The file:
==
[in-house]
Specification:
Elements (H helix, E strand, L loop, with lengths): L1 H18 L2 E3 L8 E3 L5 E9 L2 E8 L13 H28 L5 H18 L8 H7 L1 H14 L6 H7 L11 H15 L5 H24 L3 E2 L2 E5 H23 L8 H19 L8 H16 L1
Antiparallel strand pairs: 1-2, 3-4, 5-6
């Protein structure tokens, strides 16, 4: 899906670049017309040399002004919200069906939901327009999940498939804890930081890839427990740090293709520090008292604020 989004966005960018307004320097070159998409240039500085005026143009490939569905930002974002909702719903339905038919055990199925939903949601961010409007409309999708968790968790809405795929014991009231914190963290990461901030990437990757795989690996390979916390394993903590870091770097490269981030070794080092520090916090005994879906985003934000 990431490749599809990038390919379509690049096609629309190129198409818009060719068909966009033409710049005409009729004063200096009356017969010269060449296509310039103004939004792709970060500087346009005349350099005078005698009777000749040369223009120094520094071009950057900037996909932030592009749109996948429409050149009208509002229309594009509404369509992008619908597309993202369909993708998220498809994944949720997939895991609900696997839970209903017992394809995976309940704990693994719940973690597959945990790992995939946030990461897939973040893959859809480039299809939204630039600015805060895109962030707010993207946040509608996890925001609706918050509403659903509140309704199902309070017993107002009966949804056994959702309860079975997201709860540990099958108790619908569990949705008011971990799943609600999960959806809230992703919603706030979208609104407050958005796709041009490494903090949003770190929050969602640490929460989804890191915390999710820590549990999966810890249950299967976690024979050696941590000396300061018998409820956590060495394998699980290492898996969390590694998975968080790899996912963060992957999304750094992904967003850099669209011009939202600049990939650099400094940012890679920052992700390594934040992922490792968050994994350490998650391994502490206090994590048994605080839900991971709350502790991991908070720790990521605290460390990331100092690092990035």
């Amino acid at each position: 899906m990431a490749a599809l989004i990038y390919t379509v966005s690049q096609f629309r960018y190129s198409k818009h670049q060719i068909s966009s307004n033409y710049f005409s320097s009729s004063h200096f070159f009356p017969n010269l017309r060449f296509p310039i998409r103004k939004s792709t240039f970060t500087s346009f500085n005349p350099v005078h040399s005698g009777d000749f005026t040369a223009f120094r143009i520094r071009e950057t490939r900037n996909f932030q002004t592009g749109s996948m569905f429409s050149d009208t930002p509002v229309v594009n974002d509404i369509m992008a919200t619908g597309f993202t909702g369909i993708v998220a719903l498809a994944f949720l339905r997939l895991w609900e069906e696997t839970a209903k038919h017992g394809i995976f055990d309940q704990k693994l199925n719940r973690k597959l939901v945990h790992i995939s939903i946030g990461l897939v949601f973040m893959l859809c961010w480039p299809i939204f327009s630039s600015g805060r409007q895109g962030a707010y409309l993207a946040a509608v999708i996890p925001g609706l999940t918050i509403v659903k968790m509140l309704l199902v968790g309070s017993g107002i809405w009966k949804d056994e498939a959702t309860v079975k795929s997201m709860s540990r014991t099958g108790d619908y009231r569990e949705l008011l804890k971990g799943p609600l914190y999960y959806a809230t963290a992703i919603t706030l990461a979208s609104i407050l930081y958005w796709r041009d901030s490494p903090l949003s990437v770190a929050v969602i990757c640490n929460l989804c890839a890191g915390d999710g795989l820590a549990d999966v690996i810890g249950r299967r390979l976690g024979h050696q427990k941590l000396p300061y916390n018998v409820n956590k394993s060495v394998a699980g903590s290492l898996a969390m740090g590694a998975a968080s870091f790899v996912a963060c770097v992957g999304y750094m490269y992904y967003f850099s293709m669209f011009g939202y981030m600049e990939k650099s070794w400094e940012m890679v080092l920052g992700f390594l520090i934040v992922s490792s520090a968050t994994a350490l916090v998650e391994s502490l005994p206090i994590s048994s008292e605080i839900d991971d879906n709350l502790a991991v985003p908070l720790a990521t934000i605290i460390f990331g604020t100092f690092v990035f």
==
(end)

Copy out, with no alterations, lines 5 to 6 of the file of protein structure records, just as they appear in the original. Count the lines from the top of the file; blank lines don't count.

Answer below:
């Protein structure tokens, strides 16, 4: 899906670049017309040399002004919200069906939901327009999940498939804890930081890839427990740090293709520090008292604020 989004966005960018307004320097070159998409240039500085005026143009490939569905930002974002909702719903339905038919055990199925939903949601961010409007409309999708968790968790809405795929014991009231914190963290990461901030990437990757795989690996390979916390394993903590870091770097490269981030070794080092520090916090005994879906985003934000 990431490749599809990038390919379509690049096609629309190129198409818009060719068909966009033409710049005409009729004063200096009356017969010269060449296509310039103004939004792709970060500087346009005349350099005078005698009777000749040369223009120094520094071009950057900037996909932030592009749109996948429409050149009208509002229309594009509404369509992008619908597309993202369909993708998220498809994944949720997939895991609900696997839970209903017992394809995976309940704990693994719940973690597959945990790992995939946030990461897939973040893959859809480039299809939204630039600015805060895109962030707010993207946040509608996890925001609706918050509403659903509140309704199902309070017993107002009966949804056994959702309860079975997201709860540990099958108790619908569990949705008011971990799943609600999960959806809230992703919603706030979208609104407050958005796709041009490494903090949003770190929050969602640490929460989804890191915390999710820590549990999966810890249950299967976690024979050696941590000396300061018998409820956590060495394998699980290492898996969390590694998975968080790899996912963060992957999304750094992904967003850099669209011009939202600049990939650099400094940012890679920052992700390594934040992922490792968050994994350490998650391994502490206090994590048994605080839900991971709350502790991991908070720790990521605290460390990331100092690092990035």
């Amino acid at each position: 899906m990431a490749a599809l989004i990038y390919t379509v966005s690049q096609f629309r960018y190129s198409k818009h670049q060719i068909s966009s307004n033409y710049f005409s320097s009729s004063h200096f070159f009356p017969n010269l017309r060449f296509p310039i998409r103004k939004s792709t240039f970060t500087s346009f500085n005349p350099v005078h040399s005698g009777d000749f005026t040369a223009f120094r143009i520094r071009e950057t490939r900037n996909f932030q002004t592009g749109s996948m569905f429409s050149d009208t930002p509002v229309v594009n974002d509404i369509m992008a919200t619908g597309f993202t909702g369909i993708v998220a719903l498809a994944f949720l339905r997939l895991w609900e069906e696997t839970a209903k038919h017992g394809i995976f055990d309940q704990k693994l199925n719940r973690k597959l939901v945990h790992i995939s939903i946030g990461l897939v949601f973040m893959l859809c961010w480039p299809i939204f327009s630039s600015g805060r409007q895109g962030a707010y409309l993207a946040a509608v999708i996890p925001g609706l999940t918050i509403v659903k968790m509140l309704l199902v968790g309070s017993g107002i809405w009966k949804d056994e498939a959702t309860v079975k795929s997201m709860s540990r014991t099958g108790d619908y009231r569990e949705l008011l804890k971990g799943p609600l914190y999960y959806a809230t963290a992703i919603t706030l990461a979208s609104i407050l930081y958005w796709r041009d901030s490494p903090l949003s990437v770190a929050v969602i990757c640490n929460l989804c890839a890191g915390d999710g795989l820590a549990d999966v690996i810890g249950r299967r390979l976690g024979h050696q427990k941590l000396p300061y916390n018998v409820n956590k394993s060495v394998a699980g903590s290492l898996a969390m740090g590694a998975a968080s870091f790899v996912a963060c770097v992957g999304y750094m490269y992904y967003f850099s293709m669209f011009g939202y981030m600049e990939k650099s070794w400094e940012m890679v080092l920052g992700f390594l520090i934040v992922s490792s520090a968050t994994a350490l916090v998650e391994s502490l005994p206090i994590s048994s008292e605080i839900d991971d879906n709350l502790a991991v985003p908070l720790a990521t934000i605290i460390f990331g604020t100092f690092v990035f």